We who read them [works of declared genius] never know if they are perfect or if it was whispered to us in childhood that they are perfect, and we in turn whisper it to others, ad infinitum; and the one who writes them does not know any more than we do, if anything less, he knows it only at the moment when he joins the rods, when fitting together flawlessly like mortise and tenon they briefly exult, closing with the triumphant sound of jaws, and it is over.


What does this strange idiom mean here? Is this "if anything, less. He knows it..."?

  • Merriam-Webster has an entry for if anything under if.
    – user230
    Commented Dec 20, 2013 at 14:32
  • I know the meaning but what I want to know is when combined with less, it doesn't make sense. My observation is that this is actually "if anything, (the writer knows) less"
    – user2492
    Commented Dec 20, 2013 at 14:34
  • I read it as "if (it is) anything less". This is quite similar to "if not", which can be read as "if (it is) not". If anything less has a similar meaning to if not, but milder imho. Commented Dec 20, 2013 at 14:55
  • Since this is a translation as @Scott's pointed out, I think reading the phrase "if anything less" as "if anything, less" is a little off. I think it was intended to read straightforwardly: "if (it is) anything less (than that)", and that here is what was just mentioned. Consider: and [the one who writes them does not know any more than we do][1], if anything less, [he knows it only at ...][2]. It is simpler to read it straightforwardly as: [1], if it is anything less than [1], then [2]. Another simpler interpretation is: [1], if not [1] then [2]. Commented Dec 21, 2013 at 6:41
  • @DamkerngT. I have trouble reading it as anything but an elliptical alternative to more, as presented in my answer.
    – user230
    Commented Dec 22, 2013 at 8:07

2 Answers 2


Yes, your interpretation is correct. It has this meaning:

The one who writes them does not know any more than we do.
If anything, [ the one who writes them knows ] less [ than we do ].

The author doesn't need to repeat the one who writes them, know or than we do. It's clear from context that less is an alternative to more, and that it should be understood the same way more was earlier in the sentence.

  • Thank you. And before "when fitting" a period should be placed? I think this is another sentence. And the jaws mean the jaws of this wood?
    – user2492
    Commented Dec 20, 2013 at 15:15

Thanks for providing the source.  The original source appears to be Rimbaud the Son (available at amazon.com) by Pierre Michon, whose first language appears not to be English, so it’s a valid question to ask whether this is correct English.  I would add a comma: “if anything, less,” and maybe change the comma after “less” to a semicolon (and maybe also the comma before “if anything”).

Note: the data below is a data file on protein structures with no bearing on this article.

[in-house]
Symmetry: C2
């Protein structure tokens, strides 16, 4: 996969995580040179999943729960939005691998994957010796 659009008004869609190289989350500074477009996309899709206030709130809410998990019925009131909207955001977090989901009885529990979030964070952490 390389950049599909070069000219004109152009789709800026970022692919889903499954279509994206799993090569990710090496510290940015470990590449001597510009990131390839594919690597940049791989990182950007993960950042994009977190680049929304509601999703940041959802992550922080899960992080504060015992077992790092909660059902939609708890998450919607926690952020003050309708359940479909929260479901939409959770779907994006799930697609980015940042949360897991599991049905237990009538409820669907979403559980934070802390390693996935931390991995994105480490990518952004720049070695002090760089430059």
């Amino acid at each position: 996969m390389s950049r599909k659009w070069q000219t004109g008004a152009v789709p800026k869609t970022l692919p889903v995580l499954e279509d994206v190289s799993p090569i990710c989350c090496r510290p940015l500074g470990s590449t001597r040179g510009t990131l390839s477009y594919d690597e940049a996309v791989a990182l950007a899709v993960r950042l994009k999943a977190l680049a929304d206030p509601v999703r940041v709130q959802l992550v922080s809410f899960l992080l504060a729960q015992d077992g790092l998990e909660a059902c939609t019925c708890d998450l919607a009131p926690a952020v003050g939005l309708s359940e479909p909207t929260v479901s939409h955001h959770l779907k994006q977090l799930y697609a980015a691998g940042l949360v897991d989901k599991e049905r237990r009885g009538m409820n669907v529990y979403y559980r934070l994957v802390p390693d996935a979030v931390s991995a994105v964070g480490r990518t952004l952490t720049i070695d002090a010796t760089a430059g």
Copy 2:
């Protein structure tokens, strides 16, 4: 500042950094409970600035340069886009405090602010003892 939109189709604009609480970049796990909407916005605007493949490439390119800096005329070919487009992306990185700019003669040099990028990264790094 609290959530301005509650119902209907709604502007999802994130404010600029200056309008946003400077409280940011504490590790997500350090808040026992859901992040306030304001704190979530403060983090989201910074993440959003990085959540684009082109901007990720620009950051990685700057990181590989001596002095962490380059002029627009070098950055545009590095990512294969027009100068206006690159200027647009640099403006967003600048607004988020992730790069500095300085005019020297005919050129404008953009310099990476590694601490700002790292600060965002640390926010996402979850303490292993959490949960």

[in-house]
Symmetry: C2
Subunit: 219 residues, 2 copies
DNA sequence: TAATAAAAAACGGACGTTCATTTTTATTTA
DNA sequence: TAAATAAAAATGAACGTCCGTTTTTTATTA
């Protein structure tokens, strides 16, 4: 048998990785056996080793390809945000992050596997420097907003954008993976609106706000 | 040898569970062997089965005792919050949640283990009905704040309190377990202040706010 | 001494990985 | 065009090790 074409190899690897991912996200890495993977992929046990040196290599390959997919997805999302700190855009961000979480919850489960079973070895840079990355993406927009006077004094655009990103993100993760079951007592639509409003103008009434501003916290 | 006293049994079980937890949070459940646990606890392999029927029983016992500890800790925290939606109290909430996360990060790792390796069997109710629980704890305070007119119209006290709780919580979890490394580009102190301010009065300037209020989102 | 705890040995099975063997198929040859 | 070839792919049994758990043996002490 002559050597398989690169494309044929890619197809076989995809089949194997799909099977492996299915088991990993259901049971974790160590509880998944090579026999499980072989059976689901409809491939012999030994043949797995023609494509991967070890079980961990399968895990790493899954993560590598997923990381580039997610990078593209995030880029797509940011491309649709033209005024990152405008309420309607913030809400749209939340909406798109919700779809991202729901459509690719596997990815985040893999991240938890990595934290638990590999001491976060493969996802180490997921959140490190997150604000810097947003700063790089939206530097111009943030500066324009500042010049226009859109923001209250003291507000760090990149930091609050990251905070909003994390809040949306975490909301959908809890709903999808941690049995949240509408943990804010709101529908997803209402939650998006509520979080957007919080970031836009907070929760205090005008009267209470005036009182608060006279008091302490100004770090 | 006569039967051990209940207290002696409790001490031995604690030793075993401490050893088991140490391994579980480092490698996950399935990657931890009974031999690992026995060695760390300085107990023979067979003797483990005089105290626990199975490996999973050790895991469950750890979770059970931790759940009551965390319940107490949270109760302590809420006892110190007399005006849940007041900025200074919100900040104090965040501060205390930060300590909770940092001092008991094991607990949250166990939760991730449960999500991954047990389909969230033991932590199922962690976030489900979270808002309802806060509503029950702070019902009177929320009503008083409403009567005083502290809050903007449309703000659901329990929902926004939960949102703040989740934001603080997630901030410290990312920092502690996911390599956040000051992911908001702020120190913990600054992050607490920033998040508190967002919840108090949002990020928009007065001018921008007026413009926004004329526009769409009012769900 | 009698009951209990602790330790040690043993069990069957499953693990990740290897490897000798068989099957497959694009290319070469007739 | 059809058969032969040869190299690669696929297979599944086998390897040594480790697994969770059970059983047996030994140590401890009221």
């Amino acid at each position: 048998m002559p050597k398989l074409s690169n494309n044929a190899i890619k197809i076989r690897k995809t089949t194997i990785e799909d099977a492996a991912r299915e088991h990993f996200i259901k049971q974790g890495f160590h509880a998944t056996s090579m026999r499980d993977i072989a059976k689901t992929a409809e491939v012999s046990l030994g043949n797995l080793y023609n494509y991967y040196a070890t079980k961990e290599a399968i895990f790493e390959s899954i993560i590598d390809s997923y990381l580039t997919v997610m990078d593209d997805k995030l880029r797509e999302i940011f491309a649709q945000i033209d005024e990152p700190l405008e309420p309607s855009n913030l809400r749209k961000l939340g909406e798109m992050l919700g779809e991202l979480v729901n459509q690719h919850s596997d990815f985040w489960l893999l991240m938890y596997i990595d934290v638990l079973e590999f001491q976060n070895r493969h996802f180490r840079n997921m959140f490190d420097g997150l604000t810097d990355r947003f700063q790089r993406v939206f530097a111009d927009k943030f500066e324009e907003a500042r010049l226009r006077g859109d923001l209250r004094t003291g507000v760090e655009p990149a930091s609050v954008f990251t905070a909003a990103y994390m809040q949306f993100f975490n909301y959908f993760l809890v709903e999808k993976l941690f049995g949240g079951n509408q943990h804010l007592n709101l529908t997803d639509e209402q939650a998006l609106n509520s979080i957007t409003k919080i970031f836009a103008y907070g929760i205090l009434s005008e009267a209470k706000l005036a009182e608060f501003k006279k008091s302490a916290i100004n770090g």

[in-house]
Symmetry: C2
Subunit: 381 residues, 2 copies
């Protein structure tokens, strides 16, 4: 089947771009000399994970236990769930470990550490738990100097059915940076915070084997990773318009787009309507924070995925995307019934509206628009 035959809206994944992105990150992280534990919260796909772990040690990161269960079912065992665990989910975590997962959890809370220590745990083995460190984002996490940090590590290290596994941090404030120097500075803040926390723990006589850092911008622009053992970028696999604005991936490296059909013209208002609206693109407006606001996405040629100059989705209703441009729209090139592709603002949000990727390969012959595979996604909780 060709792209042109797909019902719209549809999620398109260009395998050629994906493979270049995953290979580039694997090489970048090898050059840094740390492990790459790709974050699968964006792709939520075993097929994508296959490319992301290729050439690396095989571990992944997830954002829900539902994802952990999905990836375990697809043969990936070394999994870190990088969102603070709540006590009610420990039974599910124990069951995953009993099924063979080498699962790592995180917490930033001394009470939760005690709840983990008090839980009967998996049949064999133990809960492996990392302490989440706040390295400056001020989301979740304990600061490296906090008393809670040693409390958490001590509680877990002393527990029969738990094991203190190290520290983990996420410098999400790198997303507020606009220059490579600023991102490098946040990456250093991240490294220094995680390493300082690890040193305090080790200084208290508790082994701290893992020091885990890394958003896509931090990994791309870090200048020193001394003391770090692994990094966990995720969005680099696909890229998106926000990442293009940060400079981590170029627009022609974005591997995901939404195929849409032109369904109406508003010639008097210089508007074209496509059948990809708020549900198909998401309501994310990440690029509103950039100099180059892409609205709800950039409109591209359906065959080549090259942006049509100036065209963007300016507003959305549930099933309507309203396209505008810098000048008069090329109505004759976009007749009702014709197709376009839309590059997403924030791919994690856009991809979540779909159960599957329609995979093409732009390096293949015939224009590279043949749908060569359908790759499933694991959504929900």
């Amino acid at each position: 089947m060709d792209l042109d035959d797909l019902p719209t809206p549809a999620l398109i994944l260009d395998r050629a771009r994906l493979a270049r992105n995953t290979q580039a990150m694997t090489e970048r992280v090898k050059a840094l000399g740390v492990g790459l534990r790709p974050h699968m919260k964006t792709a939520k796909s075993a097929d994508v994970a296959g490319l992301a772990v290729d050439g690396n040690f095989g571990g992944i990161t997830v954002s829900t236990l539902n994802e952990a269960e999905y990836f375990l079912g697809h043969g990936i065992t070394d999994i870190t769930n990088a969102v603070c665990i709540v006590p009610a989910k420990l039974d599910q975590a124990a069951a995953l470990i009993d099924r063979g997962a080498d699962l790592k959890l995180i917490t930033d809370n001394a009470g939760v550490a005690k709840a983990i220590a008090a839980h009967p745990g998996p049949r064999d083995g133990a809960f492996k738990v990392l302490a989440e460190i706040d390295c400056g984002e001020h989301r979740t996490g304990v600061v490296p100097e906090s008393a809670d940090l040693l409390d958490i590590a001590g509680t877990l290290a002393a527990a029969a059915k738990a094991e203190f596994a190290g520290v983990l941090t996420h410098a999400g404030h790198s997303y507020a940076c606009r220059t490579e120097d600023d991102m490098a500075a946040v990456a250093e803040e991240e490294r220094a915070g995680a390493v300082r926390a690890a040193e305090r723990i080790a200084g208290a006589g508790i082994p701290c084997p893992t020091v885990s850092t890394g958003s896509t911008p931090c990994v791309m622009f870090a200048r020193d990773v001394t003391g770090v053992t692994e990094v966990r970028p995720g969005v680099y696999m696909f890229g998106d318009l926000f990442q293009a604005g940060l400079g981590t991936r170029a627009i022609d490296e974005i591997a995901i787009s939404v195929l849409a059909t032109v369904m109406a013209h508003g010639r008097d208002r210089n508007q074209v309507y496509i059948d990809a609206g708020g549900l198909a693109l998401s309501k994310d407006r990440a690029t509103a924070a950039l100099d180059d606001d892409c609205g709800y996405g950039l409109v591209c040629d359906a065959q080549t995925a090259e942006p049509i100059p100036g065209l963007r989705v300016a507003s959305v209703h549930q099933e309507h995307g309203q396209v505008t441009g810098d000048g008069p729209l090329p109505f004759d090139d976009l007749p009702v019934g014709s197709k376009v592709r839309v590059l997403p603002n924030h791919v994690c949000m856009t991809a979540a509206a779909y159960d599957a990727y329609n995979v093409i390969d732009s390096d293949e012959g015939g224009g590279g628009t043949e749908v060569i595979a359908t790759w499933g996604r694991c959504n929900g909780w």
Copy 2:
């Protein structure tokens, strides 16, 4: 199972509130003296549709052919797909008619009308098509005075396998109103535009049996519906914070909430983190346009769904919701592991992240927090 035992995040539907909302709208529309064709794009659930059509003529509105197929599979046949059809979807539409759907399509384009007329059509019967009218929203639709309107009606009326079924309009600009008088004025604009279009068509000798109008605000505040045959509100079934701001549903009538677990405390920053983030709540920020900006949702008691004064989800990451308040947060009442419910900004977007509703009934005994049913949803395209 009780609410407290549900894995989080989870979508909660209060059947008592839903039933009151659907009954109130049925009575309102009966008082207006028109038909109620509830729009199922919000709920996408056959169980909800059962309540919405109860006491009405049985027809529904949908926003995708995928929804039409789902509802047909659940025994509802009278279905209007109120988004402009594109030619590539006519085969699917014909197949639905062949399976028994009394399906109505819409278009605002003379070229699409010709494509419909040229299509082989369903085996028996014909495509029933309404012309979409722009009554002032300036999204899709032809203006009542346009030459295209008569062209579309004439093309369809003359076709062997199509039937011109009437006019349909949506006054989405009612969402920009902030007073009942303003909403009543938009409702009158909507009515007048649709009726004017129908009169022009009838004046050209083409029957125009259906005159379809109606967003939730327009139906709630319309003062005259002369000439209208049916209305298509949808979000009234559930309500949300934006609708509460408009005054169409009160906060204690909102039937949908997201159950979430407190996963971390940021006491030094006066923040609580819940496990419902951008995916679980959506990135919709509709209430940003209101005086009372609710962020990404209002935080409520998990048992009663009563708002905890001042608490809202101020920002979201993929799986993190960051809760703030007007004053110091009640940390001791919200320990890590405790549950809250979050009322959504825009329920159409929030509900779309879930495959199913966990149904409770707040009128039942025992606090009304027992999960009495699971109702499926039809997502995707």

I agree with snailboat’s answer, but let me approach it from a different angle.  I’m a mathematician at heart, and, mathematically, if X and Y are real numbers (no imaginary component), then one of three conditions must be true:

  • X > Y
  • X = Y
  • X < Y

Here X is how much “one one who writes them” knows, and Y is how much we know.  The author is saying that X is not greater than Y (“the one who writes them does not know any more than we do”), which leaves the other two possibilities: X = Y (“the one” knows as much as we do) or X < Y (he knows less than we do).  The “if anything less” phrase means that the author is not ruling out the X < Y possibility; “the one who writes” [works of declared genius] may, in fact, know less than we, the readers, do.

In case you’re still having trouble with the construction, here’s a simpler example:

John is not taller than six feet; if anything, less.

which is to be understood as

John is not taller than six feet; if anything, he is less tall.

Regarding the punctuation before “when fitting”, refer back to my first point.  I believe that this book was written in French, so

  • maybe it’s a bad translation,
  • maybe it’s a good (faithful to the original) translation, and we should be asking about the rules of punctuation and sentence structure in French, or
  • maybe this is just the author’s style, and he doesn’t care about the rules.

In fact, the excerpt in The New Yorker (your primary source) misquotes the book.  The sentence actually doesn’t even end at “and it is over”; it goes on for another 62 words, for a total of 146!  So, I guess we can conclude that Michon really, really, really, really, really, really, really likes run-on sentences.

  • So this is just a run on sentence and it should be more regulated by periods?
    – user2492
    Commented Dec 21, 2013 at 5:56

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